Ghanaians are reportedly excited about the arrival today (Tuesday) of United States President George Bush in the nation’s capital, Accra as part of his five-nation Africa tour. While in Ghana, Mr. Bush is expected to hold bilateral talks with President John Kufuor, including developmental issues, the fight against HIV/AIDS, the Africa Union, regional security, and Millennium Development Goals, humanitarian issues.
Some political analysts say the U.S president’s visit comes at a time when relations between the two countries are at an all-time high, with President Kufuor meeting with President Bush at least five times in the last three years. Oboshie Sai-Kofi is Ghana’s information minister. She tells reporter Peter Clottey from the capital, Accra that Ghanaians are ready to welcome President Bush with open arms.
“Ever since the football Ghana 2008 ended, we’ve been waiting impatiently for this day because it’s been the next major item on our calendar coordination. And today, we are expecting His Excellency President Bush and Mrs. Bush and his entourage this evening. Ghana is waiting with some anticipation and some excitement for this visit. You know it’s only the second time we had a U.S president visit,” Sai-Kofi pointed out.
She said although there has been mixed reaction on radio talk shows, most people are excited about President Bush’s visit.
“Ghanaians have developed this very high sense of political analysis and discourse. So, we have a mixture of feelings; we have a few people who are not at all enthused about the president’s visit. But the majority of people I have heard on our air waves think it’s a very good thing and it’s making them feel very proud to be Ghanaians at a time when the U.S president is visiting only a few African countries,” she said.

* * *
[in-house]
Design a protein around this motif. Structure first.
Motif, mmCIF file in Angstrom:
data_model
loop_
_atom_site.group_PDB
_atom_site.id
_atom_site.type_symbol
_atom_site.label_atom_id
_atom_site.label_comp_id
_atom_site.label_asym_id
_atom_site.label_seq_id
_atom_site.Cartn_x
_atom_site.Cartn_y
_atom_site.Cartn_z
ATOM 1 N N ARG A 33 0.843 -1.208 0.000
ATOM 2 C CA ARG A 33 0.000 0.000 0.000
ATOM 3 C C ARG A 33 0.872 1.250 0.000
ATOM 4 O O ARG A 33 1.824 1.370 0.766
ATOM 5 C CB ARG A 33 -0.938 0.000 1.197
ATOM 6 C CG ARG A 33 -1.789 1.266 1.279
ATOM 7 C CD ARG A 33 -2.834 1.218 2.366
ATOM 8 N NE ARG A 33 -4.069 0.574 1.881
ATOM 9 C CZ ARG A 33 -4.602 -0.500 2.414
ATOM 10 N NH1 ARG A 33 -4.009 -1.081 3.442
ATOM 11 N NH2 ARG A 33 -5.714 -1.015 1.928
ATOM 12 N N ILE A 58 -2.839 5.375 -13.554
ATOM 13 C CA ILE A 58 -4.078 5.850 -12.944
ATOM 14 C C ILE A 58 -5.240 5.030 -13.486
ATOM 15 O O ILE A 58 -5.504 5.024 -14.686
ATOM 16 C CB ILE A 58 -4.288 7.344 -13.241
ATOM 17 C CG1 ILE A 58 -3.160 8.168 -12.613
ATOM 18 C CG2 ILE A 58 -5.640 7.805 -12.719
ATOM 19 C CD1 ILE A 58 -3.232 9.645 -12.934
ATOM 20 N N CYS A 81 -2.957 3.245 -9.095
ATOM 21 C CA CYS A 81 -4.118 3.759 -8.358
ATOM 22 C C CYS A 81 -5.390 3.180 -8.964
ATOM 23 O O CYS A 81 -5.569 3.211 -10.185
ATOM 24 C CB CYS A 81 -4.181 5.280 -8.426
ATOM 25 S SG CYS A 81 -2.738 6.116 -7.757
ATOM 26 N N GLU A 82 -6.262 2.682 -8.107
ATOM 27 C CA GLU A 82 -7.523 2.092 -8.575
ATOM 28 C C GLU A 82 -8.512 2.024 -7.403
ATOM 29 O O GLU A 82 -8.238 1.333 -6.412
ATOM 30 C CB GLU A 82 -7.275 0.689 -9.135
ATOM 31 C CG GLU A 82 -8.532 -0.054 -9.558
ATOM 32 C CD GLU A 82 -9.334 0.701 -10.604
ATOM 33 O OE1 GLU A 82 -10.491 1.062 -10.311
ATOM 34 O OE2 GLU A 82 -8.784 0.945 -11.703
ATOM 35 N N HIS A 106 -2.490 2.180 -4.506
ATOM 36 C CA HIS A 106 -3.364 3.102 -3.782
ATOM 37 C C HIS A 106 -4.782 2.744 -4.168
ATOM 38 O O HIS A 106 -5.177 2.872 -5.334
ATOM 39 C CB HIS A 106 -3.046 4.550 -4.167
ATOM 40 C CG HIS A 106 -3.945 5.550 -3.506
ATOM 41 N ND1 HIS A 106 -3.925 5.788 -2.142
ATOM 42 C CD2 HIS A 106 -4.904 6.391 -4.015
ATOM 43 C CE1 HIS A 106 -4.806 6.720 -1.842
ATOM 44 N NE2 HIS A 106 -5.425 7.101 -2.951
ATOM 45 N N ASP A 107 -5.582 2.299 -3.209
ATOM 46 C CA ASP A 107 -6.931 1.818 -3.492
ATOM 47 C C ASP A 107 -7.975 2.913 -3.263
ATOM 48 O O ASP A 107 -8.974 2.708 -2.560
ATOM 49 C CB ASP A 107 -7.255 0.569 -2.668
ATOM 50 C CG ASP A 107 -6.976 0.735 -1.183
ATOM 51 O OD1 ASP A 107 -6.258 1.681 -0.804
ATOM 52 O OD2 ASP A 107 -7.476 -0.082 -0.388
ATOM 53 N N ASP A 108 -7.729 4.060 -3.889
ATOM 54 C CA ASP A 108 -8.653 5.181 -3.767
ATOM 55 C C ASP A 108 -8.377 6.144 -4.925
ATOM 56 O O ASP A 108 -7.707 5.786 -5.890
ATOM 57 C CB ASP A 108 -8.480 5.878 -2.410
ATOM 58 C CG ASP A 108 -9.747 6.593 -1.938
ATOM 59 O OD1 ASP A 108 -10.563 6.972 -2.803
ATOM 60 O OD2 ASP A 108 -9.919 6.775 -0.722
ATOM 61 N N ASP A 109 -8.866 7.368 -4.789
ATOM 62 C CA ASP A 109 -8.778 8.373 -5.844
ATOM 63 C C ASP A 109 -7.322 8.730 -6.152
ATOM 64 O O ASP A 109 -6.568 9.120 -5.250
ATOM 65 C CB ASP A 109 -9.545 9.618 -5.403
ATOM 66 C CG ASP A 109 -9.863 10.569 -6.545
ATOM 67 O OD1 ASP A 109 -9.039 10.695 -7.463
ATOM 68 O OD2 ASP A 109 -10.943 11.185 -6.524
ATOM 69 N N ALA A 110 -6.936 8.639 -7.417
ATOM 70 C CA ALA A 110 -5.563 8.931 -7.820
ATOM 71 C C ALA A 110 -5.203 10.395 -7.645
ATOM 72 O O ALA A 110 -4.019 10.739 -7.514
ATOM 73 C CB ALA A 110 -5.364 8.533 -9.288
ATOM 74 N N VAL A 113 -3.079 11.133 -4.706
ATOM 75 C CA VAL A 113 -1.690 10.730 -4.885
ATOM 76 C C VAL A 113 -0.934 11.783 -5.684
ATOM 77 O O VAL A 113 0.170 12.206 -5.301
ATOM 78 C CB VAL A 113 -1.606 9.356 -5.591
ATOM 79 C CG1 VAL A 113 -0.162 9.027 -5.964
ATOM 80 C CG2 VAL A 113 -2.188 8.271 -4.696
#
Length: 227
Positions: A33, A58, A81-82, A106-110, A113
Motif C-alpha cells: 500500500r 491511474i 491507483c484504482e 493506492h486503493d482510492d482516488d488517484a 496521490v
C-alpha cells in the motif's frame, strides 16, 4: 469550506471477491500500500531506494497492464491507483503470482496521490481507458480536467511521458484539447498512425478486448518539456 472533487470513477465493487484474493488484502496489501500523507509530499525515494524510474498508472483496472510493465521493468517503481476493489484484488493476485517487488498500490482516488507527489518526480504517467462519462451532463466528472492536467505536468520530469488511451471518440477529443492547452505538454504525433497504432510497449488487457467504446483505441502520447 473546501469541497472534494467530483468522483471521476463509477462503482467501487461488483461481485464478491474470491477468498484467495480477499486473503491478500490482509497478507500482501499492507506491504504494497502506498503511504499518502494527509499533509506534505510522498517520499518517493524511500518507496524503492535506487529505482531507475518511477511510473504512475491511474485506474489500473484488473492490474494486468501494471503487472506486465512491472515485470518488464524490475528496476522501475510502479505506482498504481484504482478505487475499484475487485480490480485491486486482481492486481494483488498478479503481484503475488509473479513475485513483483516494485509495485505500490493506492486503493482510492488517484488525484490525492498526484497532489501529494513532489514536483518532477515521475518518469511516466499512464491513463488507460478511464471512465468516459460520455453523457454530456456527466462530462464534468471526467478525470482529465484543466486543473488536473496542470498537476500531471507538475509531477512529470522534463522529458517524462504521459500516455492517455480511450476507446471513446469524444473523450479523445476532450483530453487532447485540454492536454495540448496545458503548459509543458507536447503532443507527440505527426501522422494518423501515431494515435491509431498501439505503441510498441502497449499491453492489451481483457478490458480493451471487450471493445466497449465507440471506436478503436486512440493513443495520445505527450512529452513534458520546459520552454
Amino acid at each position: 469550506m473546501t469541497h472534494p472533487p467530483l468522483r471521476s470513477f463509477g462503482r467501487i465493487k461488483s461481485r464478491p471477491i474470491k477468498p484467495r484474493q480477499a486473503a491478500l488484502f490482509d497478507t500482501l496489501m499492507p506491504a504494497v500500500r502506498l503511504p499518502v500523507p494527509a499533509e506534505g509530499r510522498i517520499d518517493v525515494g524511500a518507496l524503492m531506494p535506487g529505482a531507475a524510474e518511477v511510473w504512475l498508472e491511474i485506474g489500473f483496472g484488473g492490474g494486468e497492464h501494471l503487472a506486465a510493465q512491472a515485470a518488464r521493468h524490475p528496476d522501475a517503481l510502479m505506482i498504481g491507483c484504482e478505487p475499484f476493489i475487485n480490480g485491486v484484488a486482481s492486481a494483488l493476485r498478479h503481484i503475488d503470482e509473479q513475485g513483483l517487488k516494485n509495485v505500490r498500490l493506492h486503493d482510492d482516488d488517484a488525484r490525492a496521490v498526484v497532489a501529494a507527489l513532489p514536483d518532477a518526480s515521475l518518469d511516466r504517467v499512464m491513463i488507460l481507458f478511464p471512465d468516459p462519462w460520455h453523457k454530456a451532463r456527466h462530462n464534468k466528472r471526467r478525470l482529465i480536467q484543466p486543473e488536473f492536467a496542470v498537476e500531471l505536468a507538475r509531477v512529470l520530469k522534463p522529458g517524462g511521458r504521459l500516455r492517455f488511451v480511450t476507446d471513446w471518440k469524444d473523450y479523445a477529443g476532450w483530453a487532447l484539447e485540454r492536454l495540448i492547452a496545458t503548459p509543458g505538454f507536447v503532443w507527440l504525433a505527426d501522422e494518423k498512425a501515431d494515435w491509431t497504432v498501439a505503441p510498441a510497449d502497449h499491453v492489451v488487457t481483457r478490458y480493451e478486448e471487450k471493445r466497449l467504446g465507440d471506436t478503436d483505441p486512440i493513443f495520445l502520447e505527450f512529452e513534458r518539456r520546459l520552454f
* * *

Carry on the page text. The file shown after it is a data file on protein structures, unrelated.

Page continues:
Sai-Kofi said bilateral cooperation among other developmental issues would be on the agenda during close door meetings between President Kufuor and President Bush.
“I would expect that they would discuss several things. As you know relations between the United States and Ghana are at what I will call an all-time high currently. There are a lot of initiatives of the current administration in the U.S, which are geared towards Africa’s development, and we’ve been poised to take advantage of them. Indeed we have already had access to quite a few of these programs that has proved very successful; I will talk about the Millennium challenge Account for example, and then His Excellency’s intervention on HIV/AIDS. And then there is the AGOA (Africa Growth and Opportunity Act). Last year we had a fifth AGOA forum here, and that is really working quite well and the second forum were focused on taking out some of the bottlenecks and making things better. I want to assume that these are some of the things that they will discuss and how to deepen the relationship and intensify the mutual cooperation between the two countries,” Sai-Kofi noted.
She said one of Ghana’s foreign policy principles is to be a friend of all.
“As a national perspective and from the government side, we have wanted to deepen good relations with our many global partners as possible. So, for us we take everybody on their own merit and value and the U.S is a very valued partner of ours. So, for us we are saying Akwaaba (welcome) to President Bush and his entourage, we are waiting for this evening and we intend to make sure that they have a very satisfactory visit,” she said.